DOE et al v. United States
ORDER denying 10 plaintiffs' Motion for an Order waiving strict compliance with Federal Rule of Civil Procedure 10(a). Signed by District Judge George Caram Steeh. (MBea)
UNITED STATES DISTRICT COURT
EASTERN DISTRICT OF MICHIGAN
and JOHN DOE,
CASE NO. 16-cv-13038
HON. GEORGE CARAM STEEH
UNITED STATES OF
ORDER DENYING PLAINTIFFS’ MOTION FOR AN ORDER
WAIVING STRICT COMPLIANCE WITH FEDERAL
RULE OF CIVIL PROCEDURE 10(a) (Doc. 10)
This Federal Tort Claims Act (“FTCA”) action, brought by plaintiffs
Michael Ericksen and John Doe, arises out of the same events as Doe’s
prior Bivens lawsuit against United States Customs and Border Protection
officers. In his prior Bivens action, Doe alleged violations of his Fourth
Amendment rights arising out of his arrest after marijuana and drug
paraphernalia were found in the trunk of his vehicle at the international
border at the Blue Water Bridge in Port Huron, Michigan. Now before the
court is Doe’s motion to proceed anonymously in this case, to be identified
on the docket sheet and court caption in all papers filed in this court as
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“John Doe.” The government opposes the motion on the grounds that Doe
has failed to show a compelling reason to deviate from the general rule that
court proceedings should be open to the public. For the reasons set forth
below, plaintiffs’ motion to allow Doe to proceed anonymously shall be
In Doe’s prior Bivens action arising out of the same facts presented in
this suit, the court denied Doe’s motion for a protective order to conceal his
identity. As a result of Doe’s June, 2012 arrest after marijuana and drug
paraphernalia were found in his car at the international border, Doe pled
guilty in state court to a misdemeanor offense. At the time of his arrest, he
was 19 years of age. Pursuant to the Holmes Youthful Trainee Act
(“HYTA”), MCL § 762.11et seq., based on Doe’s age and other factors, his
criminal record was sealed.
In Doe’s prior federal lawsuit, this court rejected Doe’s argument that
his identity should be shielded in order to achieve the purposes of the
HYTA, finding that Doe had failed to articulate concerns that outweighed
the presumption of openness in judicial proceedings, and that plaintiff had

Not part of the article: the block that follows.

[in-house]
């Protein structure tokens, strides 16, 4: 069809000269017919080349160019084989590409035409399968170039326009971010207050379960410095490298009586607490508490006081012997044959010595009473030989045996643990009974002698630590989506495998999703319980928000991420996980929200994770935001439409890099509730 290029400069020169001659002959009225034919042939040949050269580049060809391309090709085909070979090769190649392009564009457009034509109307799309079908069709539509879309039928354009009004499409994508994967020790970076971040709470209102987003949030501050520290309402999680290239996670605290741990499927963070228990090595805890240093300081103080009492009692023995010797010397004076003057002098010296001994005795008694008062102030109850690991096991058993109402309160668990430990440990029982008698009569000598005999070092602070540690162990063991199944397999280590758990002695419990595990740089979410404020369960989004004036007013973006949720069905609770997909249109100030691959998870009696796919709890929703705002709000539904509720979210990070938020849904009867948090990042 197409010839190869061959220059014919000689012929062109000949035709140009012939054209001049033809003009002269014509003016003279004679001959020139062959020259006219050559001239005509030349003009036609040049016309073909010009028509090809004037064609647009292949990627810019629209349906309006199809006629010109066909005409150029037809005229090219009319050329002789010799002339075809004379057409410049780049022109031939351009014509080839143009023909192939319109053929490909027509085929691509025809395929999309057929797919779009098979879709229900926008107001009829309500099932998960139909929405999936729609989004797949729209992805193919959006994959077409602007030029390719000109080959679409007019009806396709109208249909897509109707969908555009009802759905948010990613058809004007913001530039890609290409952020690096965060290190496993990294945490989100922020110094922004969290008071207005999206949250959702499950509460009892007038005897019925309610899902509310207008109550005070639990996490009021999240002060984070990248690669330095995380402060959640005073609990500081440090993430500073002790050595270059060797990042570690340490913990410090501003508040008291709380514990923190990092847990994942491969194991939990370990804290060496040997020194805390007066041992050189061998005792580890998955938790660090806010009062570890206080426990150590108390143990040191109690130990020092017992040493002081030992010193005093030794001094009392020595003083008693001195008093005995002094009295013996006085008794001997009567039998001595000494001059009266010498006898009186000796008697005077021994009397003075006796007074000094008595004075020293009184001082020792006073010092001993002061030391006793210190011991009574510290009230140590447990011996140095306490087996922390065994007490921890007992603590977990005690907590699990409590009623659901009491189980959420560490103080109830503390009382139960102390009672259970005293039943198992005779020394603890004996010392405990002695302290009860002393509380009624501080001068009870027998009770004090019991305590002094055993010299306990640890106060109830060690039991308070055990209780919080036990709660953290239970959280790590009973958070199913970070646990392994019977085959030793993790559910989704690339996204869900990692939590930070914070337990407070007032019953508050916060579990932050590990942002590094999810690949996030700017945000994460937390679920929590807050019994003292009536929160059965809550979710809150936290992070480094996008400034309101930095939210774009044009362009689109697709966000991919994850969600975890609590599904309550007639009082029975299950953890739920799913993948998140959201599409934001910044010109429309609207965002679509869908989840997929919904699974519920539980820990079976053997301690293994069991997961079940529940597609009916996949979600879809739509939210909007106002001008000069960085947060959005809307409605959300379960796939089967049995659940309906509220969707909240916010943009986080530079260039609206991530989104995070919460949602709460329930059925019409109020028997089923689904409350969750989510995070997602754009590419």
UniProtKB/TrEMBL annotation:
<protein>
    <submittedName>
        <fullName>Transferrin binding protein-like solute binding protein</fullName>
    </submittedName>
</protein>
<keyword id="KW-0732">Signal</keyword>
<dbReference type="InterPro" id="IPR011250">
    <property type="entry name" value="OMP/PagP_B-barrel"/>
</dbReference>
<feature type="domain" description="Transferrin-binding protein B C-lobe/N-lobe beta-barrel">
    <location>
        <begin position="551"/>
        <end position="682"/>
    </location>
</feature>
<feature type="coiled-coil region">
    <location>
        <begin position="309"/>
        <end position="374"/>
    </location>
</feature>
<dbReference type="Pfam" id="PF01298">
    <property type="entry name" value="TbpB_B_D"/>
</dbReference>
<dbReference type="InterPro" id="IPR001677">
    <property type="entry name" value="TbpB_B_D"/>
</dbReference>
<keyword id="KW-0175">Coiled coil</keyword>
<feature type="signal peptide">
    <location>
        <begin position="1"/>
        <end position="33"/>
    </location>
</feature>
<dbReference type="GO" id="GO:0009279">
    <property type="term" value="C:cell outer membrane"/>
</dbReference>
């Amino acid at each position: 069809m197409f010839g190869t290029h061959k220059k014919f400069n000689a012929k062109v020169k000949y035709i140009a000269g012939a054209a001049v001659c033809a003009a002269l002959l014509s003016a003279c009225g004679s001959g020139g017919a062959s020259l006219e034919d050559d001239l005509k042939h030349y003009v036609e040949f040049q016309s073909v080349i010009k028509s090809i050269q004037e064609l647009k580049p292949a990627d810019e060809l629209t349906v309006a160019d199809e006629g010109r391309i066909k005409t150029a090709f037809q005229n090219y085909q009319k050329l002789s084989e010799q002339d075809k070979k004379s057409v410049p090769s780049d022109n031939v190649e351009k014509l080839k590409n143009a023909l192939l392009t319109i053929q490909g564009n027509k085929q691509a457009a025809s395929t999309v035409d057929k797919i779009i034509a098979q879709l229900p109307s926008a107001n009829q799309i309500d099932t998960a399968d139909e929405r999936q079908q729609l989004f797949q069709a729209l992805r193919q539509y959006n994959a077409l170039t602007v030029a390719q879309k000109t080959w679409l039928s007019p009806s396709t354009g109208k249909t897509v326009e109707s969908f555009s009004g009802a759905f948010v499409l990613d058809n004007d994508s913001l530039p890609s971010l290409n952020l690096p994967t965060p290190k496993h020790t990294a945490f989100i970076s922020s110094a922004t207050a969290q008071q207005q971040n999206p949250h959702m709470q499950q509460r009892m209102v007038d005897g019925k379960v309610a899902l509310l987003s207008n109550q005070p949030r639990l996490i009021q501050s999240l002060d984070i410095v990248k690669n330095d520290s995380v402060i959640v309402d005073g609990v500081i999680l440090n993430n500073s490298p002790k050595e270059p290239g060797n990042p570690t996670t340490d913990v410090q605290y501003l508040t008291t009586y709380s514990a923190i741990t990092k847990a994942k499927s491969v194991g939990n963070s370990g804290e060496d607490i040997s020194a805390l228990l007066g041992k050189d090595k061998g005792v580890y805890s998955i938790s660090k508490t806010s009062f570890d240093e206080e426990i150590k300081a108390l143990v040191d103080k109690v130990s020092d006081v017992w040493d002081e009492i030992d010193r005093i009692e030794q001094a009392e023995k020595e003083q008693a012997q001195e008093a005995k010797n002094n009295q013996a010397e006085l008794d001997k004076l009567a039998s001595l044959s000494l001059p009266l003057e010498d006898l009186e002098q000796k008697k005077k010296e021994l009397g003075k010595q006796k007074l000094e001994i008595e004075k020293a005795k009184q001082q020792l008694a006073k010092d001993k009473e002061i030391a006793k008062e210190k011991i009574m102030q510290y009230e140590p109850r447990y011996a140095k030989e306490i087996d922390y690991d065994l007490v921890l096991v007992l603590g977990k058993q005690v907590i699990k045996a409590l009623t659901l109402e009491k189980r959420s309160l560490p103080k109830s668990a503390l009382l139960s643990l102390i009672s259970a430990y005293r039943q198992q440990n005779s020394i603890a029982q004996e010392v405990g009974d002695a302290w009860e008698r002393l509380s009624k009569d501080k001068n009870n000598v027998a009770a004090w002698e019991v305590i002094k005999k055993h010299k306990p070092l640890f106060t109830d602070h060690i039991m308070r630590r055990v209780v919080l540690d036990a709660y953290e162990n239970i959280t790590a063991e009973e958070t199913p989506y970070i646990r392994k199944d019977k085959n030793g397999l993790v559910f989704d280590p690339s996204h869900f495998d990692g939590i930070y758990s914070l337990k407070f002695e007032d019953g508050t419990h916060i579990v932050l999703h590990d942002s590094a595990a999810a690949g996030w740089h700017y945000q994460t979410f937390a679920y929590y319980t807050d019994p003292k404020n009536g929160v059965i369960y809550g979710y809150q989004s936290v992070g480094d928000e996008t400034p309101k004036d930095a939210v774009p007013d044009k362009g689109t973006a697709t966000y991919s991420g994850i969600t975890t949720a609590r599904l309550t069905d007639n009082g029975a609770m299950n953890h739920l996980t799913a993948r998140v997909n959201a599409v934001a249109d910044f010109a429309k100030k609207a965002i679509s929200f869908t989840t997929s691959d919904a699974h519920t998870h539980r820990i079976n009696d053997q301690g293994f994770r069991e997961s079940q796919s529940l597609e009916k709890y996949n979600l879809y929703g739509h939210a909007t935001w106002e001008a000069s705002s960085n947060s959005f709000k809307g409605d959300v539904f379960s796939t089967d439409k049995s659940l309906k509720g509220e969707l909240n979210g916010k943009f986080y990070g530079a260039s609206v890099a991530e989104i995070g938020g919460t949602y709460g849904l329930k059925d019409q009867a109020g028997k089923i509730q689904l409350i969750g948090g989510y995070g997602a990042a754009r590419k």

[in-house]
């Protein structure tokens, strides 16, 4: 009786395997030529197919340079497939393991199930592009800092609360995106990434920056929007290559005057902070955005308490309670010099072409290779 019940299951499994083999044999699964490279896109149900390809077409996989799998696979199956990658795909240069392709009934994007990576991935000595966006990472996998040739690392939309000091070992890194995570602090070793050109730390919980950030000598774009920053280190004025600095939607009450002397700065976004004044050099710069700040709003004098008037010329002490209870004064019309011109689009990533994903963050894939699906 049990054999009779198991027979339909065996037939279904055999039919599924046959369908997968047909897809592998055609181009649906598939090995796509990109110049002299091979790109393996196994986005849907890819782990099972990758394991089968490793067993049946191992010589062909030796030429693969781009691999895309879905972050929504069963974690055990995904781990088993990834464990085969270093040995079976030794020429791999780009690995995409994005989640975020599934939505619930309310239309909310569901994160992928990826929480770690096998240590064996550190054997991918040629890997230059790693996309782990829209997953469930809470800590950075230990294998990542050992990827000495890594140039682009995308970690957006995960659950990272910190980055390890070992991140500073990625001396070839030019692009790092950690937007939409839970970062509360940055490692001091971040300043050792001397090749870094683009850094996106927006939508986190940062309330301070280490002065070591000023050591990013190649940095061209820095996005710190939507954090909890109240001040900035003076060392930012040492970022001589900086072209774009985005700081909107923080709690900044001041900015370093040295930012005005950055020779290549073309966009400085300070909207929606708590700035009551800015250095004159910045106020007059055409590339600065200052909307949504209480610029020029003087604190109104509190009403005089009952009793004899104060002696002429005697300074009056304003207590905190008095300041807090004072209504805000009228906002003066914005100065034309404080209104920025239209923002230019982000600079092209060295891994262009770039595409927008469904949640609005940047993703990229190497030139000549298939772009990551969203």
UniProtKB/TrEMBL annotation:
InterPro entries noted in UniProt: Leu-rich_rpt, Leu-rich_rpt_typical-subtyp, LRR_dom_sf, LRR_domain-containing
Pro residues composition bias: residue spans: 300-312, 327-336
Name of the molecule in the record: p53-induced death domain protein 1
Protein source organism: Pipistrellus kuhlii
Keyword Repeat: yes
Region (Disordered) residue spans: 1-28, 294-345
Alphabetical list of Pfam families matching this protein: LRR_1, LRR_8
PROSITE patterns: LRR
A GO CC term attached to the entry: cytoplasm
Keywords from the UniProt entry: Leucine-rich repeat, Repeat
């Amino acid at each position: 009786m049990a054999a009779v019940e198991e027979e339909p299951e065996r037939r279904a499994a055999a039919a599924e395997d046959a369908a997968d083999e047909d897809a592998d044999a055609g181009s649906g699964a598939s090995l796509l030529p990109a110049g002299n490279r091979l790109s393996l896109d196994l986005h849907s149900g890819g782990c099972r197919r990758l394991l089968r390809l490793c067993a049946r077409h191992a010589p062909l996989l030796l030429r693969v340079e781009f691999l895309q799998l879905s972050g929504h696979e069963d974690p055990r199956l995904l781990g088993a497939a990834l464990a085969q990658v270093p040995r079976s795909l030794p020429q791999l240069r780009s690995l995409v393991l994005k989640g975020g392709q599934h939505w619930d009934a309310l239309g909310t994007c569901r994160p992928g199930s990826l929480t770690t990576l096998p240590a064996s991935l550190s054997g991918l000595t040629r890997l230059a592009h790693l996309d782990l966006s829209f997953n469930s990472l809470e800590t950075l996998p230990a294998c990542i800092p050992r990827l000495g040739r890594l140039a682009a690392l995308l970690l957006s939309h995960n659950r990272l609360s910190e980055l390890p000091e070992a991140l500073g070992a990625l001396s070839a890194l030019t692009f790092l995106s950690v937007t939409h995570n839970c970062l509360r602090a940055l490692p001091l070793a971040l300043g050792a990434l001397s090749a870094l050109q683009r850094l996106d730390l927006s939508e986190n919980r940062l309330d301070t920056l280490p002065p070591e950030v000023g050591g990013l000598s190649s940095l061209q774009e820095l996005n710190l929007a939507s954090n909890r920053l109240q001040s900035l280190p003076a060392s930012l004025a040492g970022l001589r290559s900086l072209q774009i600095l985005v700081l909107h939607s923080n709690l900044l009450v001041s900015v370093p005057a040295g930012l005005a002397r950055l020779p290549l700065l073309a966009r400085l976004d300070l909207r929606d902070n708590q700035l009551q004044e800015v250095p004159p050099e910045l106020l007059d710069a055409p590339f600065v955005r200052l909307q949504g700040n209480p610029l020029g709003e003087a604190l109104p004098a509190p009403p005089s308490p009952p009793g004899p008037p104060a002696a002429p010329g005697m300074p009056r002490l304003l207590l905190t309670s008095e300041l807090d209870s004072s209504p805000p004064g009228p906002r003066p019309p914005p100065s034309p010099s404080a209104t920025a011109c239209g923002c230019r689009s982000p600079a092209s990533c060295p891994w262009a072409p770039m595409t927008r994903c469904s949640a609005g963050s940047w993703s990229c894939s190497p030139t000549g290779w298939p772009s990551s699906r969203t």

forfeited his ability to keep secret his actions at the international border
when he sued United States Customs and Border patrol agents. On
appeal, the Sixth Circuit ruled that this court did not abuse its discretion in
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denying Doe’s motion for a protective order to protect his identity, and
affirmed. D.E. v. John Doe, 834 F.3d 723, 728-29 (6th Cir. 2016).
However, the Sixth Circuit exercised its discretion to refer to Doe by his
initials in its published opinion.
The public disclosure of the identities of parties in a lawsuit is
required by Federal Rule of Civil Procedure 10(a). Only in exceptional
cases does a party’s desire to proceed anonymously trump the
presumption of disclosure. See Citizens for a Strong Ohio v. Marsh, 123 F.
App’x 630, 636 (6th Cir. 2005). “Identifying the parties to the proceeding is
an important dimension of publicness. The people have a right to know
who is using their courts.” Doe v. Blue Cross & Blue Shield United of
Wisconsin, 112 F.3d 869, 872 (7th Cir. 1997). To determine whether to
allow a party to remain anonymous, some of the factors the court may
consider are: “(1) whether the plaintiff is suing to challenge governmental
activity; (2) whether the prosecution of the suit will compel the plaintiff to
disclose information ‘of the utmost intimacy’; (3) whether the litigation
compels plaintiff to disclose an intention to violate the law, thereby risking
criminal prosecution; and (4) whether the plaintiff is a child.” Marsh, 123 F.
App’x at 636 (citing Doe v. Porter, 370 F.3d 558, 560 (6th Cir. 2004)). As
discussed in the court’s prior opinion denying Doe’s request for a protective
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order, the only factor Doe arguably can satisfy is the first one. Upon
consideration, Doe fails to meet that factor as well.
As to the first factor, only in “a very few cases challenging
governmental activity can anonymity be justified.” Doe v. Stegall, 653 F.2d
180, 186 (5th Cir. 1981). The Sixth Circuit has recognized the need for
anonymity only in those exceptional cases where plaintiffs are suing to
challenge government activity which requires “plaintiffs to reveal their
beliefs about a particularly sensitive topic that could subject them to
considerable harassment.” Porter, 370 F.3d at 560. Porter involved the
possible disclosure of plaintiffs’ religious beliefs in a suit concerned parents
brought to challenge the teaching of the bible in public schools. Id. at 559.
In that case, the disclosure of the parents’ identities was likely to subject
them to public attacks as a letter to the editor and an article in the local
media had already threatened to harm the plaintiffs if their identifies were
made known. Id. Here, by contrast, there is no suggestion that Doe risks
any public persecution if his identity is revealed. Notably, Doe’s identity is
already available based on the prior lawsuit, and plaintiff can point to no
harassment or public ramifications based on his public disclosure there.
Also, considering the substance of the government activity that is
being challenged here weighs against allowing Doe to proceed
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anonymously. This court and the Sixth Circuit have already found that the